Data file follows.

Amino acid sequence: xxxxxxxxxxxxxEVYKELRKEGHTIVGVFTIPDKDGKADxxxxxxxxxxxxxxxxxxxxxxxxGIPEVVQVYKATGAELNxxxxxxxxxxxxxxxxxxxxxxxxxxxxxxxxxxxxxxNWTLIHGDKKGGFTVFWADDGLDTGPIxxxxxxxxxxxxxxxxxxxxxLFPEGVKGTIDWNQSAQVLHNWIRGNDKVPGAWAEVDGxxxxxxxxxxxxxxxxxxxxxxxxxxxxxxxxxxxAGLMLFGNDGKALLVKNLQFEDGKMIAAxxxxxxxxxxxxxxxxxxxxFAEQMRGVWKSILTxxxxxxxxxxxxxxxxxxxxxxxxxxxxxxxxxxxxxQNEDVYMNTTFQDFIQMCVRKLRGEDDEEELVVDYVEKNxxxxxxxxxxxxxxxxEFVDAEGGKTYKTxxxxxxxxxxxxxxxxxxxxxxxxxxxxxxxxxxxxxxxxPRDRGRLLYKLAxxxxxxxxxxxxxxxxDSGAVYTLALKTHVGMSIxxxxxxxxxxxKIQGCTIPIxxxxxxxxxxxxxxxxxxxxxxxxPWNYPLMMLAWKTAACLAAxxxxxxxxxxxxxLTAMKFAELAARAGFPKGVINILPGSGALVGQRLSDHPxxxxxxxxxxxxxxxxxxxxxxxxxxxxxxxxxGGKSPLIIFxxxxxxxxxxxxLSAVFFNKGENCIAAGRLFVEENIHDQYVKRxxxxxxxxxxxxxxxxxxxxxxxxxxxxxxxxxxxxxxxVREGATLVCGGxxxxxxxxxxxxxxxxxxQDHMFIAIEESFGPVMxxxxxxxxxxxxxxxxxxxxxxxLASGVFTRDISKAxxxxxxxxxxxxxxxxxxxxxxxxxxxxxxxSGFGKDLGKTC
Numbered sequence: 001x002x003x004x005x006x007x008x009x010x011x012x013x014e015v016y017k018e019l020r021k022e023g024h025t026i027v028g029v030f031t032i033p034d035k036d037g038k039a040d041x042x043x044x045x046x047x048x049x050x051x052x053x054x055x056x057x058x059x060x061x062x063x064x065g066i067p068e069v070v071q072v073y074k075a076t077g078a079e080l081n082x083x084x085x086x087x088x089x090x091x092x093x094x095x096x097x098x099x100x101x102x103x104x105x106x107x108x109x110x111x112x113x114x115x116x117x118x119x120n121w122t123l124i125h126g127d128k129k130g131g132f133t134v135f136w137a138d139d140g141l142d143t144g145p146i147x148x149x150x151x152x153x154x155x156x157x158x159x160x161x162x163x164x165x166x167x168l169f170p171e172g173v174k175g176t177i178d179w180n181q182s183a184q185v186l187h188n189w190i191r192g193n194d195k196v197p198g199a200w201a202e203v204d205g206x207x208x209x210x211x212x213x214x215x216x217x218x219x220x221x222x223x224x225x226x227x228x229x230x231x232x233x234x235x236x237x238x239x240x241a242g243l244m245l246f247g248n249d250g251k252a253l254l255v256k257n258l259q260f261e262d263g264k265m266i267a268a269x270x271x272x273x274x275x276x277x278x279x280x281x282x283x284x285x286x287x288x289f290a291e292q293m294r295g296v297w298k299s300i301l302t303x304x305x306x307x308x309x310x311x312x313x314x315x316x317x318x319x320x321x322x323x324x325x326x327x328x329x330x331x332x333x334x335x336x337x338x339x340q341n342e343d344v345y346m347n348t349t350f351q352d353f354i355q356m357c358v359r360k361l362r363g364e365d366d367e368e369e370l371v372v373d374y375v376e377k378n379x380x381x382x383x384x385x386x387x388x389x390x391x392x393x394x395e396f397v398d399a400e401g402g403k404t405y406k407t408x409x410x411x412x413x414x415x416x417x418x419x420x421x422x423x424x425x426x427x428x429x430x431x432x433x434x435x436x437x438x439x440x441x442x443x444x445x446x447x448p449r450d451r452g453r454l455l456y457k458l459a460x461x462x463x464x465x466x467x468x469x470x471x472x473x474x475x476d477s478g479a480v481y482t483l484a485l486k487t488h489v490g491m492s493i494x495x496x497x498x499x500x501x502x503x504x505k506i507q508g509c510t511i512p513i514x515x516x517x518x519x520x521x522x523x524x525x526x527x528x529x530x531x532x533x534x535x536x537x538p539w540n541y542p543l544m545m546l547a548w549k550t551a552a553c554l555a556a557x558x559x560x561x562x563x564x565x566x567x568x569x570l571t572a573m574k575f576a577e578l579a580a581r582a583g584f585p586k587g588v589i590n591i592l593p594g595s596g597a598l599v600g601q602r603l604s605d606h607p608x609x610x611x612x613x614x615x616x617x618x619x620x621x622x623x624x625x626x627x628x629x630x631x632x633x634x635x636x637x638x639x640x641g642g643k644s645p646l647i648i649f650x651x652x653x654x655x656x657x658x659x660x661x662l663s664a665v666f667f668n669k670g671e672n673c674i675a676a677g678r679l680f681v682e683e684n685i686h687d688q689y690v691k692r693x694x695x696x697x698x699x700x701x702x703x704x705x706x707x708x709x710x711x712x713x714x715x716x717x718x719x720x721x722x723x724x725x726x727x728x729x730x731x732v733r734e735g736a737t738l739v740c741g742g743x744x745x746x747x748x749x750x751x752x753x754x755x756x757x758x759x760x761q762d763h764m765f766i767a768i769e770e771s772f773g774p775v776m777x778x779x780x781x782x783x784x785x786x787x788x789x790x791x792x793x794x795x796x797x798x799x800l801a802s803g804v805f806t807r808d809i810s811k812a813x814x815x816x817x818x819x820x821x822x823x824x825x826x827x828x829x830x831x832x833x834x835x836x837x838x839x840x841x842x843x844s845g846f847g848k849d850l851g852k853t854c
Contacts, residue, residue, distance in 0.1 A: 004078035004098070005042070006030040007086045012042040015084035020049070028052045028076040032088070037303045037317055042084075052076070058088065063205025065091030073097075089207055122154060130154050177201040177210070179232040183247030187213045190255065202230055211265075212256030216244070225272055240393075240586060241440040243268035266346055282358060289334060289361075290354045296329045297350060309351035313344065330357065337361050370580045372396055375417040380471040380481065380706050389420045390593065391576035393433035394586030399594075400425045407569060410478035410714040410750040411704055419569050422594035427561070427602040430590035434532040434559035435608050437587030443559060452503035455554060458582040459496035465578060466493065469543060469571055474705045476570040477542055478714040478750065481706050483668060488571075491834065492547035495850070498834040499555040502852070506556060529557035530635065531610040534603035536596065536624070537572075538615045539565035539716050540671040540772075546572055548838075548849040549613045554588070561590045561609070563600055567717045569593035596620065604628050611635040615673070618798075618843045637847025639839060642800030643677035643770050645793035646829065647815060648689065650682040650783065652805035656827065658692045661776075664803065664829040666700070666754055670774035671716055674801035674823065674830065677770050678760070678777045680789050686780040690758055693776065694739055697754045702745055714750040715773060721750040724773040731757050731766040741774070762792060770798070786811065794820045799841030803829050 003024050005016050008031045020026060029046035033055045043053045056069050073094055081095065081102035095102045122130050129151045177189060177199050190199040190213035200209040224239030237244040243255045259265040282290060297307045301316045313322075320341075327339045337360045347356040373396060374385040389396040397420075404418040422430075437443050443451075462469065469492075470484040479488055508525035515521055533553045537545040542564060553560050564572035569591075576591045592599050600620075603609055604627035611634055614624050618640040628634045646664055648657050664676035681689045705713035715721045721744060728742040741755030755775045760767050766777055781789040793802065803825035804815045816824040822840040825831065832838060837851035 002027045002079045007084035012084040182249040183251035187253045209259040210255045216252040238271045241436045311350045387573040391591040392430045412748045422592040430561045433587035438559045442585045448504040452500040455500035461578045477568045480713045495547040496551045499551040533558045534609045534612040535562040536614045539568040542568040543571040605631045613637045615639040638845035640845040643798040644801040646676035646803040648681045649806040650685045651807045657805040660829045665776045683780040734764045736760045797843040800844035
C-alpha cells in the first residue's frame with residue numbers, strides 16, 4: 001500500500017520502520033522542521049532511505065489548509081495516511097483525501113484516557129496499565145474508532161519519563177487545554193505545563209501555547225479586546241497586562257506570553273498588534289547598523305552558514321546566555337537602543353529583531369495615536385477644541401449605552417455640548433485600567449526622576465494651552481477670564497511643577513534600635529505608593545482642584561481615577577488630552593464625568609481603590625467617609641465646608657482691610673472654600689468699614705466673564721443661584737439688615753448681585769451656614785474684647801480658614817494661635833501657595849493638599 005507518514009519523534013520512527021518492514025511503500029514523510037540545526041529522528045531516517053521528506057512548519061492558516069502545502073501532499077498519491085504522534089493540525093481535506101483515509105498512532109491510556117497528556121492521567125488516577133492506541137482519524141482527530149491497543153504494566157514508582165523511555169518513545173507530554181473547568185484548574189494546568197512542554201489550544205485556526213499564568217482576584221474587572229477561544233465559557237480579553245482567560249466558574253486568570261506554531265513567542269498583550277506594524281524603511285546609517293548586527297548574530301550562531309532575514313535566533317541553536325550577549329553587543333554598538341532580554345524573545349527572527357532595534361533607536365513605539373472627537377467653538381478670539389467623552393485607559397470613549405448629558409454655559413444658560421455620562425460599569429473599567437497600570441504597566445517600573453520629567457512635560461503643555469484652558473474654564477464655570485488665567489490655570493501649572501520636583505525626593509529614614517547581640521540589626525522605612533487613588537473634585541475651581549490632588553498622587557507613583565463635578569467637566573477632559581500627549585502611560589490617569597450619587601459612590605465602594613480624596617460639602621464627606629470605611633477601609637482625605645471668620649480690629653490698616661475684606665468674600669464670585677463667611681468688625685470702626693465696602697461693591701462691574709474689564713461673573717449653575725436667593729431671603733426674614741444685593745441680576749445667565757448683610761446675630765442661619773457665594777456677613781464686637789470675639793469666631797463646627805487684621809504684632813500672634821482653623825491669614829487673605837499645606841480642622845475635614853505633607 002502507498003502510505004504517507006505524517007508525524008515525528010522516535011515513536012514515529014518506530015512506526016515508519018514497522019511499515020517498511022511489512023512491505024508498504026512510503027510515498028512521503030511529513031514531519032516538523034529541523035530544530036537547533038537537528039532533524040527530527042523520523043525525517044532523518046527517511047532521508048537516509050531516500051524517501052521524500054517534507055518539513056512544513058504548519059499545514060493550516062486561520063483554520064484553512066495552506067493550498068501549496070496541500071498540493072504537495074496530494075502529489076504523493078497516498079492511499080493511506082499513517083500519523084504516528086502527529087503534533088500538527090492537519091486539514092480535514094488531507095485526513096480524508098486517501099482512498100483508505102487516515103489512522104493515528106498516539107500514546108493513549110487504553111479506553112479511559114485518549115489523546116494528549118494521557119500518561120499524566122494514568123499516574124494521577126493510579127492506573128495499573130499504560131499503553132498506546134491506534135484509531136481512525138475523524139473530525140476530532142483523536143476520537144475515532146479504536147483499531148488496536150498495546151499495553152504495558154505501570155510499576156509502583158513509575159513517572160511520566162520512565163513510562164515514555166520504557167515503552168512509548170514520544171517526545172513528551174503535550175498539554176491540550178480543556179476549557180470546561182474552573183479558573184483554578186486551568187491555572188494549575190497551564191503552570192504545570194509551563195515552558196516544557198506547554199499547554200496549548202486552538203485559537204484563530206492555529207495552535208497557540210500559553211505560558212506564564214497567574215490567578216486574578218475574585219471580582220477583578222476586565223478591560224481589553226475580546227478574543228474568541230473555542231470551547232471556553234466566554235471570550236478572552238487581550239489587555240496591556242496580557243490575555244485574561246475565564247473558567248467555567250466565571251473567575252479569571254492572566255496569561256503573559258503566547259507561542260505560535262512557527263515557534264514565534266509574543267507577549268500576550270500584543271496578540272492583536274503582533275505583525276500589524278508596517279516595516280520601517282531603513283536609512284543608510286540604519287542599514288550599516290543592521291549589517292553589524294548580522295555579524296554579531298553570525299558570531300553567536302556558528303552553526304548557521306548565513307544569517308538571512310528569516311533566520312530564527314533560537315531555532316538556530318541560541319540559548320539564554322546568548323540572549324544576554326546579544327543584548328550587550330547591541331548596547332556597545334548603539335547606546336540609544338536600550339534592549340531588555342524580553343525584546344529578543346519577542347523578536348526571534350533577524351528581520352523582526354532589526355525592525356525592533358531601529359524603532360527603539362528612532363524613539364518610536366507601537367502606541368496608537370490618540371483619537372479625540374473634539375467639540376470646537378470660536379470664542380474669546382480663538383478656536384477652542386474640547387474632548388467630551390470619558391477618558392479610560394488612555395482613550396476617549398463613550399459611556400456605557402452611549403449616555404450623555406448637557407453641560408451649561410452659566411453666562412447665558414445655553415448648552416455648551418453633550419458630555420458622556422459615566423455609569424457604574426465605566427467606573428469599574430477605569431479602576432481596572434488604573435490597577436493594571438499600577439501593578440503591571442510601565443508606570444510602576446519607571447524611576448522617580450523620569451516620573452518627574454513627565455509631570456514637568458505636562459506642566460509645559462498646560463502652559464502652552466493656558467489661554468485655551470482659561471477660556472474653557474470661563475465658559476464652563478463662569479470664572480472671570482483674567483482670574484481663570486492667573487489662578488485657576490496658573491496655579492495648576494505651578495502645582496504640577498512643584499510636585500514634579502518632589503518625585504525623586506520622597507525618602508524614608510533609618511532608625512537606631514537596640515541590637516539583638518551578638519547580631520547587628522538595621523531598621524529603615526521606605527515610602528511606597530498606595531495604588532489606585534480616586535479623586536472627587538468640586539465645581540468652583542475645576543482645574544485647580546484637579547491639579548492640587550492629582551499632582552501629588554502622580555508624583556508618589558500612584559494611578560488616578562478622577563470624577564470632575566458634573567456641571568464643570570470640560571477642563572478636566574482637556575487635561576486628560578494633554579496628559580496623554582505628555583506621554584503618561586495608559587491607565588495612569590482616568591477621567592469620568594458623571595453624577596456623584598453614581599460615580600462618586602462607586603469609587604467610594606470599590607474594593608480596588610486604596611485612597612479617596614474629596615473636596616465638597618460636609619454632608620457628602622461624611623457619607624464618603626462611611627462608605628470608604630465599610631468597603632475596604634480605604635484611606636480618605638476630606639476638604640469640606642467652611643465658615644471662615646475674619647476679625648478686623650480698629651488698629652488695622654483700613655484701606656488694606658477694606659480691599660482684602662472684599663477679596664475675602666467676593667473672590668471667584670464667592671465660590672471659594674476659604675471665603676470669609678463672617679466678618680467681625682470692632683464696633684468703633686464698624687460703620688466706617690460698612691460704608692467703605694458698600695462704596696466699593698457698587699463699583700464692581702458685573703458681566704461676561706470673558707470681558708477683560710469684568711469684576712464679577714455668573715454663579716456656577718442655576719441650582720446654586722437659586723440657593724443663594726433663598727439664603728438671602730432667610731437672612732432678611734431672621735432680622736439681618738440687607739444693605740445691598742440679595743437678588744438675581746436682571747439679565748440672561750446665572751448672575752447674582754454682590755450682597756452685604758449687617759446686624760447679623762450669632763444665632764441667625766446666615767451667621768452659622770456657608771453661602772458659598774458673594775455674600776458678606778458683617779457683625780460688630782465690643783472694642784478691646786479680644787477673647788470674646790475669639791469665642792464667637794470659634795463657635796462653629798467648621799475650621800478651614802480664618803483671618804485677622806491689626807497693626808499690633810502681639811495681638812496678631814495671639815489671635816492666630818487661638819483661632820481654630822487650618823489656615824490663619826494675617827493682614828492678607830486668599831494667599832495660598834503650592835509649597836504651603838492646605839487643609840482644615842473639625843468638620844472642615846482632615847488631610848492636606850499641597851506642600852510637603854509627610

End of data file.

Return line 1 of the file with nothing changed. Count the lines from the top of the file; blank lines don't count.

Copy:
Amino acid sequence: xxxxxxxxxxxxxEVYKELRKEGHTIVGVFTIPDKDGKADxxxxxxxxxxxxxxxxxxxxxxxxGIPEVVQVYKATGAELNxxxxxxxxxxxxxxxxxxxxxxxxxxxxxxxxxxxxxxNWTLIHGDKKGGFTVFWADDGLDTGPIxxxxxxxxxxxxxxxxxxxxxLFPEGVKGTIDWNQSAQVLHNWIRGNDKVPGAWAEVDGxxxxxxxxxxxxxxxxxxxxxxxxxxxxxxxxxxxAGLMLFGNDGKALLVKNLQFEDGKMIAAxxxxxxxxxxxxxxxxxxxxFAEQMRGVWKSILTxxxxxxxxxxxxxxxxxxxxxxxxxxxxxxxxxxxxxQNEDVYMNTTFQDFIQMCVRKLRGEDDEEELVVDYVEKNxxxxxxxxxxxxxxxxEFVDAEGGKTYKTxxxxxxxxxxxxxxxxxxxxxxxxxxxxxxxxxxxxxxxxPRDRGRLLYKLAxxxxxxxxxxxxxxxxDSGAVYTLALKTHVGMSIxxxxxxxxxxxKIQGCTIPIxxxxxxxxxxxxxxxxxxxxxxxxPWNYPLMMLAWKTAACLAAxxxxxxxxxxxxxLTAMKFAELAARAGFPKGVINILPGSGALVGQRLSDHPxxxxxxxxxxxxxxxxxxxxxxxxxxxxxxxxxGGKSPLIIFxxxxxxxxxxxxLSAVFFNKGENCIAAGRLFVEENIHDQYVKRxxxxxxxxxxxxxxxxxxxxxxxxxxxxxxxxxxxxxxxVREGATLVCGGxxxxxxxxxxxxxxxxxxQDHMFIAIEESFGPVMxxxxxxxxxxxxxxxxxxxxxxxLASGVFTRDISKAxxxxxxxxxxxxxxxxxxxxxxxxxxxxxxxSGFGKDLGKTC